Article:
209. Clinical Cure Rates in Patients Treated with Azithromycin (AZ) for Community Acquired Respiratory Tract Infections (CARTI) Caused by Azithromycin-Susceptible (AZ-S) and Azithromycin-Resistant (AZ-R) Streptococcus pneumoniae (SPN): Analysis of Randomized Comparative Clinical Trial Data
Session: Poster Abstract Session: Antimicrobial Resistance: Clinical Studies
Friday, October 21, 2011
Room: Poster Hall B1
Background: CARTI including community-acquired pneumonia (CAP), acute bacterial exacerbations of chronic bronchitis (ABECB), acute bacterial sinusitis (ABS) and acute otitis media (AOM) are commonly caused by SPN and empirically treated with macrolides such as AZ. The purpose of this study was to determine clinical cure rates in patients with a CARTI caused by AZ-S and AZ-R SPN in randomized comparative trials (RCT) for AZ.

Methods: 1127 patients with a CARTI (402 AOM, 309 CAP, 255 ABECB, and 161 ABS) received AZ in 16 Phase 3 RCT (1993-2007) to assess the clinical efficacy of AZ. 31.8% (358/1127) patients with CARTI had a positive culture for AZ-S or AZ-R SPN and were assessed for cure/failure.  AZ susceptibility was assessed using CLSI methods. Low-level AZ resistance (LLAR) was defined as AZ MIC 2-8µg/ml, high-level AZ resistance (HLAR) was defined as AZ MIC ≥16µg/ml. Chi-square analysis was used to assess differences in clinical cure based upon AZ-S or AZ-R SPN.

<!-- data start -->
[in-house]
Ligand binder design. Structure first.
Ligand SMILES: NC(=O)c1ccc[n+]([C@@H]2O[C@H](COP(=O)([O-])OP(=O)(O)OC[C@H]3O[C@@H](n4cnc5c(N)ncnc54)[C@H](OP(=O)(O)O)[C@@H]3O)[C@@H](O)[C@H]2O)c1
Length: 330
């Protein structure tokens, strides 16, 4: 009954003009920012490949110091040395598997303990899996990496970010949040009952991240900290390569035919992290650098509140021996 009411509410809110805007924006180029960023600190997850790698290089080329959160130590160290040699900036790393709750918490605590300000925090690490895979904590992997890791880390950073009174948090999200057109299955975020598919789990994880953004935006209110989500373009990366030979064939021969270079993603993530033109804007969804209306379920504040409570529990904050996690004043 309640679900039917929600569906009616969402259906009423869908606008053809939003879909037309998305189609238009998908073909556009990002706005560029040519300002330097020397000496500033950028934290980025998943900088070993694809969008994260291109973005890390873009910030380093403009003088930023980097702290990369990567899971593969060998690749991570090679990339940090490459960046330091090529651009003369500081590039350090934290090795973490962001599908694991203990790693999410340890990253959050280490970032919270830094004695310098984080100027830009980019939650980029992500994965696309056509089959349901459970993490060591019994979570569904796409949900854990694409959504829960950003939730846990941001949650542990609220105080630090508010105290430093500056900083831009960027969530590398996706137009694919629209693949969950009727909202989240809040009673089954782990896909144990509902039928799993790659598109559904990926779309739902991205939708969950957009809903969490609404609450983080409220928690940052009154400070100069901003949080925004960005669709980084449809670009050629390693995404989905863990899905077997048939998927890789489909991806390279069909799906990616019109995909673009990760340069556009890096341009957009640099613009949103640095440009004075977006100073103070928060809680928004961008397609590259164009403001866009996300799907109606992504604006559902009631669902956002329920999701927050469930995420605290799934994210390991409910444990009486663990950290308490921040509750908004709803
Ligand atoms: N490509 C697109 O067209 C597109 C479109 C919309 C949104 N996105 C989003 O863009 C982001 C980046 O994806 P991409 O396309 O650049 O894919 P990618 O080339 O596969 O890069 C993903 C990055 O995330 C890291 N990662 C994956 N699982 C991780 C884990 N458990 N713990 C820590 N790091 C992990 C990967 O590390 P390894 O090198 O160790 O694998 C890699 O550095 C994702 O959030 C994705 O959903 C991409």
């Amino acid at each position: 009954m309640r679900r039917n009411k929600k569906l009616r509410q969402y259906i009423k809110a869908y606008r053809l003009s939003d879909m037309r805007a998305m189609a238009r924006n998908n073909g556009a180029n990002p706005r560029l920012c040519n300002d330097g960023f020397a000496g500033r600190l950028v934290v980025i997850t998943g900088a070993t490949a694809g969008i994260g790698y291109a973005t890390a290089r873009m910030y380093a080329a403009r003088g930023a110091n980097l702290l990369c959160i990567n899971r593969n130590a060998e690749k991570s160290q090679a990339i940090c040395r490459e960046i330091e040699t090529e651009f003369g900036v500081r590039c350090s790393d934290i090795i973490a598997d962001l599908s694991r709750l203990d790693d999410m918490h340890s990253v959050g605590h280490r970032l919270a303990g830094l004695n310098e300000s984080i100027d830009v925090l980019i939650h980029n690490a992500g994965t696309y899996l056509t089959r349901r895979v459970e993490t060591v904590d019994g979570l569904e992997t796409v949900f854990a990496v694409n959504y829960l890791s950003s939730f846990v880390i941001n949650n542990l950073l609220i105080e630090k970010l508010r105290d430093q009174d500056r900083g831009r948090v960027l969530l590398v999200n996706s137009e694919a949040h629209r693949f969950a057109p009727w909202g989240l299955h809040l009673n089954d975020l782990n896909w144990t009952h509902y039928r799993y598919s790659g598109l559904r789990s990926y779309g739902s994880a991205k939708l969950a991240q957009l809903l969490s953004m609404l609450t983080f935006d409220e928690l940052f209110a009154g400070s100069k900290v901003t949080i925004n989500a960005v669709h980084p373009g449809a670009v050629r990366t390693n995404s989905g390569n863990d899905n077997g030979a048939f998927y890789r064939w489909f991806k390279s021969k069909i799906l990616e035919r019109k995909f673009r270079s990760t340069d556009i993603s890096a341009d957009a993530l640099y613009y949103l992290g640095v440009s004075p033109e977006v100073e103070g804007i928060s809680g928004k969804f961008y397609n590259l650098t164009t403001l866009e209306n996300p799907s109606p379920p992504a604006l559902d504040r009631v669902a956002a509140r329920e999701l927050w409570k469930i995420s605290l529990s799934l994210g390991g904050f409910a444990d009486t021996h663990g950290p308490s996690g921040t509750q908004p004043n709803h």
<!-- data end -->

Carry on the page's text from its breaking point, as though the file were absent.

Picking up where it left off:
Results: 27.4% (98/358) patients with CARTI had infection caused by AZ-R SPN. 40.8% (40/98) of AZ-R SPN were LLAR, while 59.2% (58/98) were HLAR.  Clinical cure rates were: 87% (310/358) for all SPN CARTI patients, 90% (234/260) for AZ-S patients,   78% (76/98) for CARTI patients with AZ-R SPN (p=0.002, compared to AZ-S SPN), 78% (31/40) for CARTI patients with LLAR SPN (p=0.022) and 78% (45/58) for CARTI patients with HLAR SPN (p=0.009).

Conclusion: Overall clinical cure rate in patients with CARTI infected with SPN and treated with AZ was 87%. Cure rates were higher in patients infected with AZ-S SPN (90%) compared to AZ-R SPN (78%; p=0.002). No difference in cure occurred in patients infected with LLAR SPN (78%) versus HLAR SPN (78%).

Subject Category: A. Antimicrobial agents and Resistance

George G. Zhanel, PhD1, Kevin Wolter, MD2, Cristina-Dana Calciu, MD3, Patricia Hogan, PhD2, Karl Weiss, MD4 and Donald Low, MD5, (1)University of Manitoba, Winnipeg, MB, Canada, (2)Pfizer Inc, New York, NY, (3)Pfizer Inc, Kirkland, QC, Canada, (4)Hop. Maisonneuve-Rosemont, Montreal, QC, Canada, (5)Mount Sinai Hospital, Toronto, ON, Canada


G. G. Zhanel, Pfizer Inc: Research Contractor, Research support

K. Wolter, Pfizer Inc: Employee, Salary

C. D. Calciu, Pfizer Inc: Employee, Salary

P. Hogan, Pfizer Inc: Employee, Salary

K. Weiss, Pfizer Inc: Research Contractor, Research support

D. Low, Pfizer Inc: Research Contractor, Research support

Findings in the abstracts are embargoed until 12:01 a.m. EST Thursday, Oct. 20 with the exception of research findings presented at IDSA press conferences.